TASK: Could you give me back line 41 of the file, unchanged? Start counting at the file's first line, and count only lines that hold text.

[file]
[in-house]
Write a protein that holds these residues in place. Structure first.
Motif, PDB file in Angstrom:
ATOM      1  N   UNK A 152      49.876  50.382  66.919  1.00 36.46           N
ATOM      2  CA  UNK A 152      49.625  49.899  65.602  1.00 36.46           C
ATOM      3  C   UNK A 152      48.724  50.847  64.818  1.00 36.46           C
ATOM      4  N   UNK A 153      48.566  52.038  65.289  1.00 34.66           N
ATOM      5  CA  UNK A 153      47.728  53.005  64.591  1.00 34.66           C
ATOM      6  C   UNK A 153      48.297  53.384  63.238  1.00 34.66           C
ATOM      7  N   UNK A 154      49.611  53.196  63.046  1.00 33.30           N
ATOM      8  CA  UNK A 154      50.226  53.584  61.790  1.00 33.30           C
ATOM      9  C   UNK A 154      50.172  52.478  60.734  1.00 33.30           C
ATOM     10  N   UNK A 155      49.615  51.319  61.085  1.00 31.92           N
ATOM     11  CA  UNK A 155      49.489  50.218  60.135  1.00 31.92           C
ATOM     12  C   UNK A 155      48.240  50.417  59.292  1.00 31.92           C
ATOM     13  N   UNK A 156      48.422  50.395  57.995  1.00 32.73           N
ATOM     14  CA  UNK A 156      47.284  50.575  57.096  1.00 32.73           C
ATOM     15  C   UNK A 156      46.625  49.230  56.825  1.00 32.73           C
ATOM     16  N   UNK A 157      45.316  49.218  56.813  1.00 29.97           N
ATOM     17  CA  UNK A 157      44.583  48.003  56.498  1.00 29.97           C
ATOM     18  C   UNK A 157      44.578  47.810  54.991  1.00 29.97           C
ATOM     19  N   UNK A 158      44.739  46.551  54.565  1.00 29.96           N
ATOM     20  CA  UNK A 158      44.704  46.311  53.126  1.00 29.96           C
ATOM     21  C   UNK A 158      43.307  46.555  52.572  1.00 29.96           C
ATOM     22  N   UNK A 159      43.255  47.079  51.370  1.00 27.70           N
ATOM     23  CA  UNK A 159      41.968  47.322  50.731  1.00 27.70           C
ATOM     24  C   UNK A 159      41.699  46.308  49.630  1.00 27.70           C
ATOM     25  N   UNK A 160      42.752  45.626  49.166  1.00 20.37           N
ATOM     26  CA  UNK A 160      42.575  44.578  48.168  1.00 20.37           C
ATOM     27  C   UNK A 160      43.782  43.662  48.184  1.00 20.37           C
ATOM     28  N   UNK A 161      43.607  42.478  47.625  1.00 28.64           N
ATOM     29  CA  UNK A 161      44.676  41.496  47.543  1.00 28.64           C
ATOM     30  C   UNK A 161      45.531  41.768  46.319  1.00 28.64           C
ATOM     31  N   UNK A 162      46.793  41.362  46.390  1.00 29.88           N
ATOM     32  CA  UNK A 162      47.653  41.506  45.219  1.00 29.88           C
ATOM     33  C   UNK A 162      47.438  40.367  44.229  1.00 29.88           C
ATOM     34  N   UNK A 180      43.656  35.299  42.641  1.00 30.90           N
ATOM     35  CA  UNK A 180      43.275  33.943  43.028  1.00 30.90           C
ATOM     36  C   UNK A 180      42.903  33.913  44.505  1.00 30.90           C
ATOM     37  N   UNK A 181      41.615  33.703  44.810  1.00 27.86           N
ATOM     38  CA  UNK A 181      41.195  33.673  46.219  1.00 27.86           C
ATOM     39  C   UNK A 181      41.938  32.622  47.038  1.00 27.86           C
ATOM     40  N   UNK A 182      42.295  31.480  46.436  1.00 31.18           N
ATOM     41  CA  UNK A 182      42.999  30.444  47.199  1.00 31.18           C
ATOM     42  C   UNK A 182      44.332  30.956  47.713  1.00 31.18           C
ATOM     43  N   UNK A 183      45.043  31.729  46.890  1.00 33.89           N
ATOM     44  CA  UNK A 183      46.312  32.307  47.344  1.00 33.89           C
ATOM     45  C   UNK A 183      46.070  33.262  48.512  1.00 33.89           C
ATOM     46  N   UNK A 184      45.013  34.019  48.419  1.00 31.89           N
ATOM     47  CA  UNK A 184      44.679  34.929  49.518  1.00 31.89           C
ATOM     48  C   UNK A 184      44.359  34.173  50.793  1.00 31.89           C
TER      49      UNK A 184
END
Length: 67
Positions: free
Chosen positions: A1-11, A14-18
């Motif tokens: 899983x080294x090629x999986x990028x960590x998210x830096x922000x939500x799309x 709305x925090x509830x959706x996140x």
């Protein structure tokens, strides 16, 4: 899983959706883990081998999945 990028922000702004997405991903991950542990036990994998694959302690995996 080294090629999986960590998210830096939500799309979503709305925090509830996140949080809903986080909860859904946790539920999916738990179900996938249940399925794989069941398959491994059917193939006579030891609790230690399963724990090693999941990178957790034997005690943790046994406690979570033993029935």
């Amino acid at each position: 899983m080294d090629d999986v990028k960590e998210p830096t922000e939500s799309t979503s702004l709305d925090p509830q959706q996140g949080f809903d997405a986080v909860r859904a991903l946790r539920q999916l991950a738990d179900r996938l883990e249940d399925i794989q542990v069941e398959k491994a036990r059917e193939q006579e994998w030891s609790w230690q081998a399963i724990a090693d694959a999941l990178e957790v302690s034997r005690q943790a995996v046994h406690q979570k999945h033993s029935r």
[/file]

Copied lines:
ATOM     38  CA  UNK A 181      41.195  33.673  46.219  1.00 27.86           C